The age old problem

The Seniors of Smithers were after Town of Smithers council to continue with their decades long tradition of providing them a Water and Sewer Grant that waives the fees for those services.

The Seniors of Smithers were after Town of Smithers council to continue with their decades long tradition of providing them a Water and Sewer Grant that waives the fees for those services.

Taking away those fees, which is set to occur over the next several years, will add about $417 per year to senior’s expenses.

It’s not an inconsequential sum to those on limited fixed incomes.

Neither is it an inconsequential sum for the Town, which eyed that source of income to fill its coffers.

Just the 368 seniors who attended the recent council meeting would make up over $150,000 in water and sewer fees for the city.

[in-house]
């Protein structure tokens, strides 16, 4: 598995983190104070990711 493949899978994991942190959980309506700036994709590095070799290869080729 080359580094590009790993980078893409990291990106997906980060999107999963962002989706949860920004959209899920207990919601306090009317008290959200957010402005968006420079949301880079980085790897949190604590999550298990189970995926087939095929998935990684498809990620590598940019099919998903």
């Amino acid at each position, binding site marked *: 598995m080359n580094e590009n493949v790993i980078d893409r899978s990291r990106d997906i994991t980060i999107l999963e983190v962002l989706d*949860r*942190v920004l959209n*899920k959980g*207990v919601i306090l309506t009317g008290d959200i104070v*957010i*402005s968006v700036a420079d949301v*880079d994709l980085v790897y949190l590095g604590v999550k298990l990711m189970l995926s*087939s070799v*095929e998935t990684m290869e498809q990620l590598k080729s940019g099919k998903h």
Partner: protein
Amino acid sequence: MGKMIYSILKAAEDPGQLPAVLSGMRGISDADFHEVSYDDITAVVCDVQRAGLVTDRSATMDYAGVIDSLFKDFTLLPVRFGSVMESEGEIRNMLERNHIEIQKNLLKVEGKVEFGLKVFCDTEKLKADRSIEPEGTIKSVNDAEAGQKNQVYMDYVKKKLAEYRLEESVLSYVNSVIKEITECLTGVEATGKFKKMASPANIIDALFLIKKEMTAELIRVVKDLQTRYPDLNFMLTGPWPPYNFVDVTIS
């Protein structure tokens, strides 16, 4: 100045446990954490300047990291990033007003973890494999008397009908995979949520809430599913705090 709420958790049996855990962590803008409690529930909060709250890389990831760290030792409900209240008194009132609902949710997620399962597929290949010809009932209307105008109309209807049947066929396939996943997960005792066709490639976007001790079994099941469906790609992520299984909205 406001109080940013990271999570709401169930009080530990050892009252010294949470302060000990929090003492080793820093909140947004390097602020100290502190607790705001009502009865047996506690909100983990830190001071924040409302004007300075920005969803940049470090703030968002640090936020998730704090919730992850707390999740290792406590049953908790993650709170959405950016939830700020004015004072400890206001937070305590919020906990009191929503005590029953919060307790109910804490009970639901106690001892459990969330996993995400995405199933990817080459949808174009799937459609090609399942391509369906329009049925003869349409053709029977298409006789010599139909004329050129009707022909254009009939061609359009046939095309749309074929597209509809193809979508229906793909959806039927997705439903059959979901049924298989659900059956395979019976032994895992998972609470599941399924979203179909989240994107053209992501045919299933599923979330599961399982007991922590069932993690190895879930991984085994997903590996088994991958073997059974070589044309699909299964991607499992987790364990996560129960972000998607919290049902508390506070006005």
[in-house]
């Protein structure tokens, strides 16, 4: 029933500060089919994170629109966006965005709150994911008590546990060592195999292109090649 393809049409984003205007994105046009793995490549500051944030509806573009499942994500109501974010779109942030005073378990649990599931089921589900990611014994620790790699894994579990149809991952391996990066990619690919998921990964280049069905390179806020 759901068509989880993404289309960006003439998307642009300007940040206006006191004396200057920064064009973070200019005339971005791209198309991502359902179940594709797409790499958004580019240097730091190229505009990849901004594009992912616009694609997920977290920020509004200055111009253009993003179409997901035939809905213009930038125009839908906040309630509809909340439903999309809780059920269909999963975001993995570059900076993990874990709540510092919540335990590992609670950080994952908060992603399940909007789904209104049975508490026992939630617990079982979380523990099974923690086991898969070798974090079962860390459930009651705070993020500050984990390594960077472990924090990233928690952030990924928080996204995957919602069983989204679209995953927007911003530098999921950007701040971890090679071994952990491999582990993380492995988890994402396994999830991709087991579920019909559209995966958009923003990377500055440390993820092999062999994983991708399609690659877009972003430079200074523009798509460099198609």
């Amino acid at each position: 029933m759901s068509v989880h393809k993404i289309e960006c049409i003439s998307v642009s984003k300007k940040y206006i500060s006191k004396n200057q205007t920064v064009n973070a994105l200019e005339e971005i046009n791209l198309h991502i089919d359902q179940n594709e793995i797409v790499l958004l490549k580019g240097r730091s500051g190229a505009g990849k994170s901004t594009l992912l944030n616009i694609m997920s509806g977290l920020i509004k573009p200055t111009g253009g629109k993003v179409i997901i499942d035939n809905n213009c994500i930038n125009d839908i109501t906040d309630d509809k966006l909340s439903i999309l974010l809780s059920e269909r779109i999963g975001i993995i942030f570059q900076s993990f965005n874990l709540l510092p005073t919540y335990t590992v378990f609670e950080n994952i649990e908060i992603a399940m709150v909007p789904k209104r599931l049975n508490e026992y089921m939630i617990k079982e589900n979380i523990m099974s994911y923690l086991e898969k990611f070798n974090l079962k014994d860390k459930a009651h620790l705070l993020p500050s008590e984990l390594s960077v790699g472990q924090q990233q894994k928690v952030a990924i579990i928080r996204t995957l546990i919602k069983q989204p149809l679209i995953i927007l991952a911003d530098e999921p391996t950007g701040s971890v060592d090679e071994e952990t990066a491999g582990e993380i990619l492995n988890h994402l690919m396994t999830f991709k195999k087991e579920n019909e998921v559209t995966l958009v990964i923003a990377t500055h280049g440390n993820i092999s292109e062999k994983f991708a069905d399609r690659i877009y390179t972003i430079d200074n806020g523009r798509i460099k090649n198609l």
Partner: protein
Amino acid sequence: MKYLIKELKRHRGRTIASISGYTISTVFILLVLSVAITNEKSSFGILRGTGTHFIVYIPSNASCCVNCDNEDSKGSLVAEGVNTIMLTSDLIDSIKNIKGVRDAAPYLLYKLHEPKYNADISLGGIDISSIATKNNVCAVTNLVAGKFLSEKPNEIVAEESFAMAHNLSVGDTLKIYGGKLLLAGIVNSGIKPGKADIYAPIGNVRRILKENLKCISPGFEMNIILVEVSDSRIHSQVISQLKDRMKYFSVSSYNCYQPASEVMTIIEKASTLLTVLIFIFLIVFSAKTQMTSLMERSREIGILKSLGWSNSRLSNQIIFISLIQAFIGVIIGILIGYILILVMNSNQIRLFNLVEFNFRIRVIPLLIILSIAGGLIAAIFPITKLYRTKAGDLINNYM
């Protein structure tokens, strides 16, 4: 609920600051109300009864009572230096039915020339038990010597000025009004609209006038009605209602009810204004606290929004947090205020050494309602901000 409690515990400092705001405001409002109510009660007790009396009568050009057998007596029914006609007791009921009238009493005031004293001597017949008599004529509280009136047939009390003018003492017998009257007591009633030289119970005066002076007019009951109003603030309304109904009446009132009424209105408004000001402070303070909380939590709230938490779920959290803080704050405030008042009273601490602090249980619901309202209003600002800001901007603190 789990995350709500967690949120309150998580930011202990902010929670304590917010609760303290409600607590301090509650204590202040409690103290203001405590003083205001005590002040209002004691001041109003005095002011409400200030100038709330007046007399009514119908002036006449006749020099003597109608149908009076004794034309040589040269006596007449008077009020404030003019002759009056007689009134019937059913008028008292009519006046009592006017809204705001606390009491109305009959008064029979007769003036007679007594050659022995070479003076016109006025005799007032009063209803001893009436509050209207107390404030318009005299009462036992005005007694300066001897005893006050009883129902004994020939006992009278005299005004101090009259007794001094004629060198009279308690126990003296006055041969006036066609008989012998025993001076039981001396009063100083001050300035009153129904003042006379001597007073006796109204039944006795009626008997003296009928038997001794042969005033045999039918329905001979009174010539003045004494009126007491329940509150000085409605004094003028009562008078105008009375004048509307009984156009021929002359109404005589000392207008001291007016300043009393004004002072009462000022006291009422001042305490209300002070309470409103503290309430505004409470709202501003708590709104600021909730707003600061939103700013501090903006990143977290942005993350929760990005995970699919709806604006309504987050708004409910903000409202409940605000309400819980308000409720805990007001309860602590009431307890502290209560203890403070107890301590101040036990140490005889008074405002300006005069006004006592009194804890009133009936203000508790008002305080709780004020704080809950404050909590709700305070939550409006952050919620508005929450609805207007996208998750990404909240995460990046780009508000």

The Town isn’t wrong for trying to build up it’s budget, money is always tight and you need to find it where you can.

But in taking with one hand, they should give back in some way with the other.

A letter from the seniors (which is printed on the opposite page) points out all of the benefits that other municipalities give to their seniors. Aside from the District of Kitimat and Village of Vanderhoof, which gives their seniors grants for utility costs, the other towns typically give some sort of break or deal when it comes to snow clearing of driveways. (Incidentally the subject of snow clearing for seniors also came up at a recent Village of Telkwa council meeting.)

If the Town here won’t reinstate the waiver, and it seems pretty clear that they won’t, it would be a good idea if they still provided incentives for seniors to stay behind in the form of, maybe, a discounted senior’s waiver, or in-kind snow clearing of driveways.

Finding that middle ground will also be helpful come election time this coming November. Ten months isn’t a whole heck-of-a-lot of time for people to forget about this, especially if the figures are true that more than half the votes in elections are by the seniors.